policy brief by fjwuxn


									                                    Payday Lending in Missouri: Leading the Nation in
                                                  Predatory Lending

                             What is payday lending? Payday lending involves a borrower writing a postdated
                             personal check to a payday lender, who then advances the borrower up to $500 and
                             holds the check for 14-31 days. The borrower returns to reclaim the check by paying off
                             the loan plus interest fees, or “renewing” the loan for another 14-31 days, in which he
                             or she must pay down all interest fees plus at least 5% of the loan’s value for each
                             renewal (interest assessed with each renewal). A borrower may renew up to six times,
                             and may not pay more than 75% of the original loan in interest and fees combined. The
                             average annual percentage rate (APR) for payday loans in Missouri is 430.68%.1,2

               Payday lending is commonly considered to be predatory lending. Practices typically
               involve high interest rates, excessive fees, deceptive and aggressive marketing, and a general lack of
               concern for a borrower’s ability to repay.3 Despite the industry’s claims that payday loans should not be
               a long-term solution, on average:
               •      90% of payday lending business is derived from trapped borrowers with five or more loans
               •      60% of payday loans go to borrowers with 12 or more transactions per year;
policy brief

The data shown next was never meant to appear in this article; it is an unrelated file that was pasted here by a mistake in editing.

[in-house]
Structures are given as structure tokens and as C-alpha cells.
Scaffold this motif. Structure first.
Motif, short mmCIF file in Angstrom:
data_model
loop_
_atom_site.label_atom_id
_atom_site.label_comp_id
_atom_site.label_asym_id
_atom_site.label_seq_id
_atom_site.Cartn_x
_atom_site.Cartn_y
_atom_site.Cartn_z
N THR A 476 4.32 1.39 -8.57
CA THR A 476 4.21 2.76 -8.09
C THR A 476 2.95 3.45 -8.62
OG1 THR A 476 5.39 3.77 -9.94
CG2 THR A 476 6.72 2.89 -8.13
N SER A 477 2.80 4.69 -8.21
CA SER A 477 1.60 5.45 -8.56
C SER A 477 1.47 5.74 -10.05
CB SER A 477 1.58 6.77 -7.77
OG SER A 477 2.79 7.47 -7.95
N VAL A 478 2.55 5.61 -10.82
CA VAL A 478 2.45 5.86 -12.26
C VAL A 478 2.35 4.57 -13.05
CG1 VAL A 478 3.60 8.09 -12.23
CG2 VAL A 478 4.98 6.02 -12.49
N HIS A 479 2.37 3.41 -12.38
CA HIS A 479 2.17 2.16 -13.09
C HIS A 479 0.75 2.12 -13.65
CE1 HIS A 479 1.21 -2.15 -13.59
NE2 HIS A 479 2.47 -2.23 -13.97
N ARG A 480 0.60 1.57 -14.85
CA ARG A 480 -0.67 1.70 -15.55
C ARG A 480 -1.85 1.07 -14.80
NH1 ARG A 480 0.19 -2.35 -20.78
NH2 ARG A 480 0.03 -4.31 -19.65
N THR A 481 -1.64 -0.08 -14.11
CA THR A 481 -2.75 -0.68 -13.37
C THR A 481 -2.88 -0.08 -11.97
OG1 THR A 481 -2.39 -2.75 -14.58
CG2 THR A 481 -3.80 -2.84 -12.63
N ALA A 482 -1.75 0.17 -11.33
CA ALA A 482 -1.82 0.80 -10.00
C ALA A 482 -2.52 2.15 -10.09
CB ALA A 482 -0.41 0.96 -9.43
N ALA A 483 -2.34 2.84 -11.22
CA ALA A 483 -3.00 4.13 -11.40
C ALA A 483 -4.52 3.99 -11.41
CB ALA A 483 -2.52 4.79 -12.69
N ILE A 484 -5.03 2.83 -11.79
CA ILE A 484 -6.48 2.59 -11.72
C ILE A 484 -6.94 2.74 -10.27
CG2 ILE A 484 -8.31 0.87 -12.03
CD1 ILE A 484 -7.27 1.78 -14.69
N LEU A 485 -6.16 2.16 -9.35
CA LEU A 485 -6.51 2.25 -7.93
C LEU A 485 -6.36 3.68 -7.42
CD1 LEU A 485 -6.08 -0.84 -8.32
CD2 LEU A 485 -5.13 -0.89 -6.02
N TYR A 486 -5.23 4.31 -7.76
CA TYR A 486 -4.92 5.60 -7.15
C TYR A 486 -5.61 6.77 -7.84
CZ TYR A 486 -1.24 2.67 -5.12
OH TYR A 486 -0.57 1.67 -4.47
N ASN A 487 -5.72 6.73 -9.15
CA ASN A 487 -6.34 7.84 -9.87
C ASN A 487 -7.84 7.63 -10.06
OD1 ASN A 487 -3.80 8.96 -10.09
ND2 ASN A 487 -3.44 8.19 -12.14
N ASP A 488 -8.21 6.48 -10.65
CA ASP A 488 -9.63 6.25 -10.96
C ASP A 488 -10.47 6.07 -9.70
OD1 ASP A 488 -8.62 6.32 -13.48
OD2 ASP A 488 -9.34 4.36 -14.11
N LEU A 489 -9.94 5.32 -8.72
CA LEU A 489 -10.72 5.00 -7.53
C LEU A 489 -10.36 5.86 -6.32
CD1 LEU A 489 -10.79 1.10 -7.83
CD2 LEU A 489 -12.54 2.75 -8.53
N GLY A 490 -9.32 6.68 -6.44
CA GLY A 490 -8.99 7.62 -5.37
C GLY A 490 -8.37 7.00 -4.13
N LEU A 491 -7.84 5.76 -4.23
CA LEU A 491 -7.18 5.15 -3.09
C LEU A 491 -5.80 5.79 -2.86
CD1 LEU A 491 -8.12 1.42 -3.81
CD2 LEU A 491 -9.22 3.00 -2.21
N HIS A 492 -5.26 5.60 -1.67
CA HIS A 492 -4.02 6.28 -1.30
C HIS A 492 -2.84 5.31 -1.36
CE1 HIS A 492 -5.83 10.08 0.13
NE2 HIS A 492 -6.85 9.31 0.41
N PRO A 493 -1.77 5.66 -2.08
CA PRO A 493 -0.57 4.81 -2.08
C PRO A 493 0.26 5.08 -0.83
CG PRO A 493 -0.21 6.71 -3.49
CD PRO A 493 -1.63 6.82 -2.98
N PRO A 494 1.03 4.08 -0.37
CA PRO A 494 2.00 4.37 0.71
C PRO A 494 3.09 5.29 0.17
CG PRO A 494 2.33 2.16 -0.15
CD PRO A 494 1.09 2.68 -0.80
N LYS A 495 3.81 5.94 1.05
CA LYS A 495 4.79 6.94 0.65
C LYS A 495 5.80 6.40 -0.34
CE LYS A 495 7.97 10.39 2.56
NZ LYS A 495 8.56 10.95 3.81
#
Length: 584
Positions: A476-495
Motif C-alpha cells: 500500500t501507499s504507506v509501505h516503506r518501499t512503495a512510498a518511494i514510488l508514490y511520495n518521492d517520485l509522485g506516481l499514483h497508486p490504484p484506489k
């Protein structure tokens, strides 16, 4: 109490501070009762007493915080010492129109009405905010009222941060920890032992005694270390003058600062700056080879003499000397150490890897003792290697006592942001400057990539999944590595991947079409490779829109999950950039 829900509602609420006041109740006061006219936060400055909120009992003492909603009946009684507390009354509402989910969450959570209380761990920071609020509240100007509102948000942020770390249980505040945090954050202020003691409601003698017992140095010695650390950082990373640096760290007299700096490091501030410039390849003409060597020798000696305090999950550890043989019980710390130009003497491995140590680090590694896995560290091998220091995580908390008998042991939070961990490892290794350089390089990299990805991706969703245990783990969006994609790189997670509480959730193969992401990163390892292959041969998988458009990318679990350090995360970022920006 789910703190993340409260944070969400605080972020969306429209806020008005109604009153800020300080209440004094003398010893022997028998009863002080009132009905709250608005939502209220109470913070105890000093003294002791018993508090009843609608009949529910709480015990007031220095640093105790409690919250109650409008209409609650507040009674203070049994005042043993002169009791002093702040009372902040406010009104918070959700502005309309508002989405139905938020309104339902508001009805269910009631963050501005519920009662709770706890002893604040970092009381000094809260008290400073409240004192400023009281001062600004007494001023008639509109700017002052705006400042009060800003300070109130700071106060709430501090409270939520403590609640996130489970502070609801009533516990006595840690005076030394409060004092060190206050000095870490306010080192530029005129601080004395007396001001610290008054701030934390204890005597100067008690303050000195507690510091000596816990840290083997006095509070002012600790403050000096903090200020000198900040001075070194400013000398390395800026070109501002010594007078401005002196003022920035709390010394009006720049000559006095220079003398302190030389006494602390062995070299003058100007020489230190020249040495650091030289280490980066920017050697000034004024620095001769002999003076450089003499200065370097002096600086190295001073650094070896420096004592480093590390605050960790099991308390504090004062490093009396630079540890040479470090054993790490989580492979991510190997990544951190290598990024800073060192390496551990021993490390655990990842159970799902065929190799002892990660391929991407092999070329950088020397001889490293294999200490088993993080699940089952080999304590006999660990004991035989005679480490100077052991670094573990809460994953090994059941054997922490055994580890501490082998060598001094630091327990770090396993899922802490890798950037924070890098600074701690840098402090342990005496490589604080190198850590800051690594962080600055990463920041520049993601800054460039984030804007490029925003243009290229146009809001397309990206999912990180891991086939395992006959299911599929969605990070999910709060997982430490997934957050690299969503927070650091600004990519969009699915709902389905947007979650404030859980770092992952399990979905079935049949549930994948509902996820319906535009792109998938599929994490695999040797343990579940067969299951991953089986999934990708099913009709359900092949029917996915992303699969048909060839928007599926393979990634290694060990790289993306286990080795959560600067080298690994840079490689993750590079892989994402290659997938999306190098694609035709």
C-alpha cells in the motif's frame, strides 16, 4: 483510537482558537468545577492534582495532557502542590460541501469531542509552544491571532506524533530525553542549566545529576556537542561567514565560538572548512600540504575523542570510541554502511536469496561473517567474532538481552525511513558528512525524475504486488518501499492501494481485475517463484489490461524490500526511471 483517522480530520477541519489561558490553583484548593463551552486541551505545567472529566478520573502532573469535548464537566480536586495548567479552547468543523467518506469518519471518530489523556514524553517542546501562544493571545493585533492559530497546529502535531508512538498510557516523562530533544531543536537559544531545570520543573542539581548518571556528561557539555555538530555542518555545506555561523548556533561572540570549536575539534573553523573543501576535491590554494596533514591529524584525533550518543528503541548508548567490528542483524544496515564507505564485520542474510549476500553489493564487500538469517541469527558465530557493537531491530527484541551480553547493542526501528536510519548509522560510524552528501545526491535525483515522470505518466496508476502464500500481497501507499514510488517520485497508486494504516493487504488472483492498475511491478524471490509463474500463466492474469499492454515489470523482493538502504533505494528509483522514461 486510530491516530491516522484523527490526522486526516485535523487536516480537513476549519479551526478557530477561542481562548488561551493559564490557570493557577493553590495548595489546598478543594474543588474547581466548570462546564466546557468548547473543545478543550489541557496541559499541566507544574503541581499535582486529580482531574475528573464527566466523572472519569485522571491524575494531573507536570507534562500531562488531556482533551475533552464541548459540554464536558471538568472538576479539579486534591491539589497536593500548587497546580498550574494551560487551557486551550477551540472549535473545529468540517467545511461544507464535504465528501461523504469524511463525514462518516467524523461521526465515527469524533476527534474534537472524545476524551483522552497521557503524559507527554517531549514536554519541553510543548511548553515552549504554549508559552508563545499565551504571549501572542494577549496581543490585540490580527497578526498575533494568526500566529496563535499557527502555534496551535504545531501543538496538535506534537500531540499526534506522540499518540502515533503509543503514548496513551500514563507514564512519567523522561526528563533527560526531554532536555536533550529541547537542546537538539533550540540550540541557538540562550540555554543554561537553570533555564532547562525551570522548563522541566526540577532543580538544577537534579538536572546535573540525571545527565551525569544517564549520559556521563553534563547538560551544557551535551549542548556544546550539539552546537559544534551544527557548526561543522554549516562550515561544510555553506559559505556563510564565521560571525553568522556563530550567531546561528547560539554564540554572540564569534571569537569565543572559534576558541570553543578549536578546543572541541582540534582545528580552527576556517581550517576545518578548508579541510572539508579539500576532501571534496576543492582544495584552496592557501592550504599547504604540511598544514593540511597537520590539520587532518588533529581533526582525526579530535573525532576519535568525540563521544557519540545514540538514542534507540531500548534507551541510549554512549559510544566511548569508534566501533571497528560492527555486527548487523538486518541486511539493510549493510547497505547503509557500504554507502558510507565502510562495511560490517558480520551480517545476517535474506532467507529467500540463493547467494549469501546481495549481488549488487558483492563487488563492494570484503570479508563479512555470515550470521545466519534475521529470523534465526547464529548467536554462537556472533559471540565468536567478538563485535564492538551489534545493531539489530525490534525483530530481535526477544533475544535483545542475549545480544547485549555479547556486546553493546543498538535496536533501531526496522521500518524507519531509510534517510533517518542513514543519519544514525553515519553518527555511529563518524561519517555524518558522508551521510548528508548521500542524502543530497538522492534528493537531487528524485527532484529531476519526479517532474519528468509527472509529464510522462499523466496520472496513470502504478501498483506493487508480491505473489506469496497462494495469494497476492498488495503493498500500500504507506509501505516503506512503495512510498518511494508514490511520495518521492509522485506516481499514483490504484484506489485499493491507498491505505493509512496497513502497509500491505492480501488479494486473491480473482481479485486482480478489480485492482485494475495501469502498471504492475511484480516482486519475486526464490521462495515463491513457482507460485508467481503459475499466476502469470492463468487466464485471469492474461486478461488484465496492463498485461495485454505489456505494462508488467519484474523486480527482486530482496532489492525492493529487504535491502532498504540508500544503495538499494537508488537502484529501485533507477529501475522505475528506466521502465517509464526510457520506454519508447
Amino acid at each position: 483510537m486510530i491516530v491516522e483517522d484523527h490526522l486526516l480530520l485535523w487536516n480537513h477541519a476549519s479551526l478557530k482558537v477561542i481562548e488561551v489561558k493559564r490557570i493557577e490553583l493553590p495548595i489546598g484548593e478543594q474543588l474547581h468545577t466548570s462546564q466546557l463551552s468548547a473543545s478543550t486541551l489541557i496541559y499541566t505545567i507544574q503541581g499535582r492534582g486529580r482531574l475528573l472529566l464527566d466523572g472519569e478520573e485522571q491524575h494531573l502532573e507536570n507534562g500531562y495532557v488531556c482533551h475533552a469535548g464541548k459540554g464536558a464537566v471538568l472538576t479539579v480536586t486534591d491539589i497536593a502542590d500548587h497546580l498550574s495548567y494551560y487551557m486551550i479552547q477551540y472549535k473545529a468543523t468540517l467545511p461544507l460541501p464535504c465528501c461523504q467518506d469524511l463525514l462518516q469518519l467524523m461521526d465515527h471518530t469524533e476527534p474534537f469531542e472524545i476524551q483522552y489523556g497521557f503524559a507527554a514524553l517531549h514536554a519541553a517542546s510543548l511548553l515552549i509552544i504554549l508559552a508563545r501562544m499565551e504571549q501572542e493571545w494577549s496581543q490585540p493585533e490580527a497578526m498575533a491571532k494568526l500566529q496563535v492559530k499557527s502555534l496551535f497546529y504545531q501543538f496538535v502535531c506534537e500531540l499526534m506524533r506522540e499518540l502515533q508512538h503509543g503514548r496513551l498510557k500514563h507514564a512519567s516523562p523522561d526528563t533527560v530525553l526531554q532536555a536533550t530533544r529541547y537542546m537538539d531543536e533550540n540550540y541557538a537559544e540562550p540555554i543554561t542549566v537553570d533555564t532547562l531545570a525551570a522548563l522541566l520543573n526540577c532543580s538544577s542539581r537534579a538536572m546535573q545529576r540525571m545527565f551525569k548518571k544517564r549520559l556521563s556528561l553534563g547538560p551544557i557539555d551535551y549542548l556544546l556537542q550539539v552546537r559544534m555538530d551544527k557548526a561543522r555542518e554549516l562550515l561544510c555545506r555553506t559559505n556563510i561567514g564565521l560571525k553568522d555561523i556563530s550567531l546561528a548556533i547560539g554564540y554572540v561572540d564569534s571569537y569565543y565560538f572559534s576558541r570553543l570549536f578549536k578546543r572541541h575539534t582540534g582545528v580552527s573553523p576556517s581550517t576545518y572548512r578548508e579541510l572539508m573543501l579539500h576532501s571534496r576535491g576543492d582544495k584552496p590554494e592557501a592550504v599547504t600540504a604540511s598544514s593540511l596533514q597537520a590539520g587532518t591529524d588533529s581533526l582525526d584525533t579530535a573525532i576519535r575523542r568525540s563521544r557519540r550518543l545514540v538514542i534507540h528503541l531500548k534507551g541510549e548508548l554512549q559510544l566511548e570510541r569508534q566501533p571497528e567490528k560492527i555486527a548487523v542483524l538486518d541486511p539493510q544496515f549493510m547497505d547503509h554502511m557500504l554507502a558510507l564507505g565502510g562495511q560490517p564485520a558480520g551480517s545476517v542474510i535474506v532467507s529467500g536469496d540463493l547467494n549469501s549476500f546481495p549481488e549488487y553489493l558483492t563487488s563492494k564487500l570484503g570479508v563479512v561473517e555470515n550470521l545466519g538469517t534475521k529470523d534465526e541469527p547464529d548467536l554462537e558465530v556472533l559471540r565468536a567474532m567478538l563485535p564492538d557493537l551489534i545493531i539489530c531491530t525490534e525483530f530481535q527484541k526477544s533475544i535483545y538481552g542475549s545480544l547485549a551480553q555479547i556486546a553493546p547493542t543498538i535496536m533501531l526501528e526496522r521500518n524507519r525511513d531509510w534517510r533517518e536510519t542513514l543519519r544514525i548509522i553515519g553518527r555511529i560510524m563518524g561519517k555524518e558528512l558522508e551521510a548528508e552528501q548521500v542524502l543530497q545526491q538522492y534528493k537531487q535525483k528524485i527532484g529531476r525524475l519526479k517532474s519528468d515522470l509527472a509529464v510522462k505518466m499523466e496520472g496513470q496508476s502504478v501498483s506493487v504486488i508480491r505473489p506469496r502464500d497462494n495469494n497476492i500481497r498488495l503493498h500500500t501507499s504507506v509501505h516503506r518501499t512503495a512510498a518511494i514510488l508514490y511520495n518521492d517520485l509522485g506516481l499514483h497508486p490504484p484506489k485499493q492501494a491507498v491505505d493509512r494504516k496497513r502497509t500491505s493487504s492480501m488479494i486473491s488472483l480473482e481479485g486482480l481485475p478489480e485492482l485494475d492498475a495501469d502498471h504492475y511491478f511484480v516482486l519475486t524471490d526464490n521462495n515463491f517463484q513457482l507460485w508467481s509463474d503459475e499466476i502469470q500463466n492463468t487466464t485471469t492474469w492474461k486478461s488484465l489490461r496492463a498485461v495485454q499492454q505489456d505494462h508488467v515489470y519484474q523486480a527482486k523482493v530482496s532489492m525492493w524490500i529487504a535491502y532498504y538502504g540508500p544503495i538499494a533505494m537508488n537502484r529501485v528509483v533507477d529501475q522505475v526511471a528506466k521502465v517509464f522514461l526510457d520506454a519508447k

24% of loans go to borrowers with 21 or more transactions per year;
               •      Almost 90% of repeat payday loans are made shortly after a previous loan was paid off.4

               Payday lenders target the low-income population. While traditional banks avoid low-
               income neighborhoods, payday lenders locate there, targeting the low-income population.5
               •    The typical payday loan borrower has low to moderate income. At least 20% of payday loans are
                    made to those with annual incomes under $15,000 , and 40% are made to those with annual
                    incomes between $15,000 and $25,000.
               •    Low-income consumers typically lack financial knowledge, have little or no assets, and have
                    shorter financial planning horizons.6,7
               •    The costs of payday loans greatly increase as loans are, and most payday loan borrowers have,
                    multiple loans (both concurrently and throughout the year).8

                                                    Payday Lending Activity by State1

                  As evidenced by the map, though some
                  states have no payday lending businesses
                  whatsoever, Missouri has a high concentration of
                  these establishments throughout the state, in both
                  rural and urban areas.
Missouri leads the nation in payday lending. There are roughly four times as many payday loan stores in Missouri than
there are McDonald’s restaurants.2 Missouri is consistently one of the worst states in the nation concerning payday lending, and
compared to our eight contiguous states, Missouri:
     • Has the highest average annual percentage rates, or APRs
     • Has the second most payday lenders, with only Tennessee ranking higher
     • Is the only state to allow loan renewals
     • Receives more complaints than most. For example, in 2006, consumers filed about 2,500 complaints about payday lenders,
          and by 2008 the Missouri Division of Finance was receiving roughly 10 calls every day.1, 2

Payday lending is growing in Missouri. The Missouri Division of Finance reports on payday lending activity in the state,
with the most recent report filed in January 2009. Since the department began reporting in 2003:
    • Issuances of payday loan licenses increased 44.2%, with approximately 1,275 active stores at any time in 2008 (the highest